Darkness. Pure darkness. Not even the starlight of the city reached down here. The earth was damp, the air foul. But at least here he wouldn’t be found. Not soon at least. It seemed bigger now that he had stepped inside, roomier. Tossing the stolen money to the ground, he leaned against the stone wall, gazing up at the faint crack of shining blue sky between the buildings above him…

“Welcome home.”

Brendan turned to the voice, its presence undeniable yet unnatural. He certainly hadn’t seen the woman, sitting across the alley from him when he entered. It was as if she’d emerged from the ground itself. Could someone have followed him? No, certainly he would have heard something. The situation unnerved him. Then her voice, so familiar. So very familiar. 

“Who are you?”

“A stranger, perhaps. Passing through before I continue onward. Taking a break to admire the scenery. And who are you?”

“...Honestly, I don’t know anymore.”

“Well then, what brings you to the alleyway?”

“...Just passing through, like you.”

“Where from?”

“...That’s a very complicated story.”

“We have time, don’t worry. So again, who are you?”

He sat down and closed his eyes, sinking into the blanket of grime that surrounded him. He was tired. So very tired.

“My name is Brendan Fanchon. 40 years old. Born January 29th, 1983 in St. Romedio’s Hospital. Growing up was good enough. My dad moved out when I was 7. Mama took care of me after that. It wasn’t perfect but it was alright. After school, I moved out and went to go… find myself. To be free. Get a job, buy an apartment, get a car, all that. But I didn’t know how. I was scared, and uncertain. So I just drifted around for the next 22 years. Spent most of my days working odd jobs to get by, my nights drinking and doing nothing. Just going through the motions, each meaningless routine. And now I’m here. Sitting alone in a dump... So much for freedom.”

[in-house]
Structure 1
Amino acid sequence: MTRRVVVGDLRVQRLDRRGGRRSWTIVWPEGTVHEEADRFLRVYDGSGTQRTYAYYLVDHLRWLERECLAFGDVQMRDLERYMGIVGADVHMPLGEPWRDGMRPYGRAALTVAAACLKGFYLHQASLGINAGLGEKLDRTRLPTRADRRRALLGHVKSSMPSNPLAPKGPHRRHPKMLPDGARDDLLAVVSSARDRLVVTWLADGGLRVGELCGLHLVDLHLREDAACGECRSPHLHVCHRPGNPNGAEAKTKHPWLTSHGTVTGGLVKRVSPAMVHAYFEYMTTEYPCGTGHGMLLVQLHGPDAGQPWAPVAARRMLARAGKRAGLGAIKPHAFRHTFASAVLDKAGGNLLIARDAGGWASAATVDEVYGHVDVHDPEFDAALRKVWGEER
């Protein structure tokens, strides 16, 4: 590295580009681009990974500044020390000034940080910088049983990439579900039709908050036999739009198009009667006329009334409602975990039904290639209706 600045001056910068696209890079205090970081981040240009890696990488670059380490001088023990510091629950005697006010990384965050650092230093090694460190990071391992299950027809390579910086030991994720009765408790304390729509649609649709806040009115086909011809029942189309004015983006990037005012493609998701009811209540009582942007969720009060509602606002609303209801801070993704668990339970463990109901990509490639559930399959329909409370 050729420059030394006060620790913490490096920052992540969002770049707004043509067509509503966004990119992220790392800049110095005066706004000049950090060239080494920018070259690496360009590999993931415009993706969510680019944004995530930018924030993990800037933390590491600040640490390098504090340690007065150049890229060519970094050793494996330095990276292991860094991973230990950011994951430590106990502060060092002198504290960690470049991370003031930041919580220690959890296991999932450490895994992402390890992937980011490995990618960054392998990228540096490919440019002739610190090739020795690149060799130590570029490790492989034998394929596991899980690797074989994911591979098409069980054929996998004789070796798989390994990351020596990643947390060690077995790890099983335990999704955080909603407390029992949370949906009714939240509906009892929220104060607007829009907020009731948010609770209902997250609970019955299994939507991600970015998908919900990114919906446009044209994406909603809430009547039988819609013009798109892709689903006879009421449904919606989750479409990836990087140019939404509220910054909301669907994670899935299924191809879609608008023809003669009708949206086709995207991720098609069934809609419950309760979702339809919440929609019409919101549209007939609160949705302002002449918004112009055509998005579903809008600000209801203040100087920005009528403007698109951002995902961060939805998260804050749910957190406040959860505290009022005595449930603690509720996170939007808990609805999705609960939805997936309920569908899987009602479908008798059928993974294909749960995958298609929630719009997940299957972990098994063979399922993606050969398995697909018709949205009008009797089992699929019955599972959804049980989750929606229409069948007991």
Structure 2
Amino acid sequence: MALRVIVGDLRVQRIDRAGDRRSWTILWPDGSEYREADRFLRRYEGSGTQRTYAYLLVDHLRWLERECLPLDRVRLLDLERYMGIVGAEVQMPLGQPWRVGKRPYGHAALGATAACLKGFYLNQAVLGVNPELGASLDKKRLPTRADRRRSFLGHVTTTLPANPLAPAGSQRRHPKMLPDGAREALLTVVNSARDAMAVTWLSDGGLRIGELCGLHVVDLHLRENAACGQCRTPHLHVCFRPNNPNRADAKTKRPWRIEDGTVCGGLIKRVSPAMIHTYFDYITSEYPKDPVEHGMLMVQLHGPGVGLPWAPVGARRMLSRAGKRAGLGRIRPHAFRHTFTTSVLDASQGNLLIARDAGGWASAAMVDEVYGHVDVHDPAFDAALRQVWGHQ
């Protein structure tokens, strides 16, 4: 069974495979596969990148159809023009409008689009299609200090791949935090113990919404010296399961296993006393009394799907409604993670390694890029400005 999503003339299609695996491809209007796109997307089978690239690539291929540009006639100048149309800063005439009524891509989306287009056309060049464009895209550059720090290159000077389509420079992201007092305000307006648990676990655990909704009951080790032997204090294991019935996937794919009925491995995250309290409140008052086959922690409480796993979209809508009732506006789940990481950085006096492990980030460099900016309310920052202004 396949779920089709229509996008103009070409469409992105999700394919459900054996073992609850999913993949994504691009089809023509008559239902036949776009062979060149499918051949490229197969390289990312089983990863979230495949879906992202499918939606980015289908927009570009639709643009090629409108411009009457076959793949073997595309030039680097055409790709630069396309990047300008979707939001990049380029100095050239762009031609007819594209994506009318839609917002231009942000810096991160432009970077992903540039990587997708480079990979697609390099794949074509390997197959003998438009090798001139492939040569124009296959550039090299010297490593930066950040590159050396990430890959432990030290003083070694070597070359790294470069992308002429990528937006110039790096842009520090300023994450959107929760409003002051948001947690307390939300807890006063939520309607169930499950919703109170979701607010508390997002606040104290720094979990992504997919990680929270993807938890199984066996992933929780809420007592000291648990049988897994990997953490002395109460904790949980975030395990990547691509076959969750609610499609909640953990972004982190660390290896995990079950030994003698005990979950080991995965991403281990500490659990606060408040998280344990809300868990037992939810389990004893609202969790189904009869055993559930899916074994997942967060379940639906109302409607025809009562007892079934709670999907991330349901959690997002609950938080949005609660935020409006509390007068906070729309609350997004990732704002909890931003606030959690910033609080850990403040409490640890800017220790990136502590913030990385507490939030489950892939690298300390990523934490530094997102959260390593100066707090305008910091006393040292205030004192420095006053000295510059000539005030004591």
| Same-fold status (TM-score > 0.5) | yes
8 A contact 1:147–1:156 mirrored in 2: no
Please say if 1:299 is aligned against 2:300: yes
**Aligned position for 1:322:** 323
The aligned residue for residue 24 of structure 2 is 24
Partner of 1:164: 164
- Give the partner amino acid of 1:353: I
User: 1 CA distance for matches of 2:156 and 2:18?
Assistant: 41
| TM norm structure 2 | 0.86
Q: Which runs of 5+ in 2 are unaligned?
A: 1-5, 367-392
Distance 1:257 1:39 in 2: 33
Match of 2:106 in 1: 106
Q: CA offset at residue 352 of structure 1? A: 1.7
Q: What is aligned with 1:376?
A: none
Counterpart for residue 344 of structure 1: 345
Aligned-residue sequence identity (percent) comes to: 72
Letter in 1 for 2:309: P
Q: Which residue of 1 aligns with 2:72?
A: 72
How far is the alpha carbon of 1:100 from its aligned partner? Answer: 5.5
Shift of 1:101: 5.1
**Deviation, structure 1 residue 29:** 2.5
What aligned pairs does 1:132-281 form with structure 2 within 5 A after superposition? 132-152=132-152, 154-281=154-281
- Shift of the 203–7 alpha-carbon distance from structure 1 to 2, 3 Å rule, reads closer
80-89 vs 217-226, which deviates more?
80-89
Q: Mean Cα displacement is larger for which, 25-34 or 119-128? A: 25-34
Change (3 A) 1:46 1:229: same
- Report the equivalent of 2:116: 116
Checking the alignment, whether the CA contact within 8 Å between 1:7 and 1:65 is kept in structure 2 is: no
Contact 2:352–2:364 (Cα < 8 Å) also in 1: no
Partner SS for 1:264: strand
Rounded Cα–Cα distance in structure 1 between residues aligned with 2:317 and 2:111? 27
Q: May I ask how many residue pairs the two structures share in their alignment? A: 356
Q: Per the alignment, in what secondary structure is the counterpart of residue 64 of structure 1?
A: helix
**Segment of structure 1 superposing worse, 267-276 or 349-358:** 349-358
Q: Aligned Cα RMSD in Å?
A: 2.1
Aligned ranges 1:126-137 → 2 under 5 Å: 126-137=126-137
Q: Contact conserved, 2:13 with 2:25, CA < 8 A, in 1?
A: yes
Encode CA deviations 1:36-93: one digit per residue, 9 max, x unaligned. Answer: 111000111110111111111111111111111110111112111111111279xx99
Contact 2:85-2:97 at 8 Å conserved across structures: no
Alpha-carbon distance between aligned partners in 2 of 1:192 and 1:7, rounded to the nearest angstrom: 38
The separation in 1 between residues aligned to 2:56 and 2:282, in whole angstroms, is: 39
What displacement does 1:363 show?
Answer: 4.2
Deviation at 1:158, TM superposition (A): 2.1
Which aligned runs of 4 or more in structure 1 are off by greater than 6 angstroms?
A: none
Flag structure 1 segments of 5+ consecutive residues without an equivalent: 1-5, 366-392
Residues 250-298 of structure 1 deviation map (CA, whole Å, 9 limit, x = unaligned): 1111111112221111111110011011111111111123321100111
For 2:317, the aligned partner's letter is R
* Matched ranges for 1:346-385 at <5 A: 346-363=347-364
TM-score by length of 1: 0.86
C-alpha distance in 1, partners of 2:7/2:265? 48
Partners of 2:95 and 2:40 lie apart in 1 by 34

“...Well, not entirely alone.”

Brendan chuckled.

“I suppose not.”

The conversation cut to quiet, the only sounds remaining being his own breathing and the quiet backdrop of police sirens looking ever closer.

“When will you leave?”

Brendan thought for a moment. What was his plan exactly?

“No idea. Never, I suppose. At least not until they find me. Not like I can just go live a normal life anymore.”

“Why’re they looking for you?”

“...Because I’m worthless. I’m worthless, and because of that they need to find me and lock me up where I can’t spread my filth anywhere else.”


“It was a month ago. I got laid off from work again. Something about downsizing or whatever. So I did what I always do, I went to the bar and got drunk. Contemplated my life like I did every evening, thinking I’d be able to pin down the moment where it went wrong. Thinking back to the last time I remembered being truly happy… when I was still a kid, playing with my mama… I wanted to see her again. It’d been so long. Against some greater universal judgment, I got in my car and began to drive…”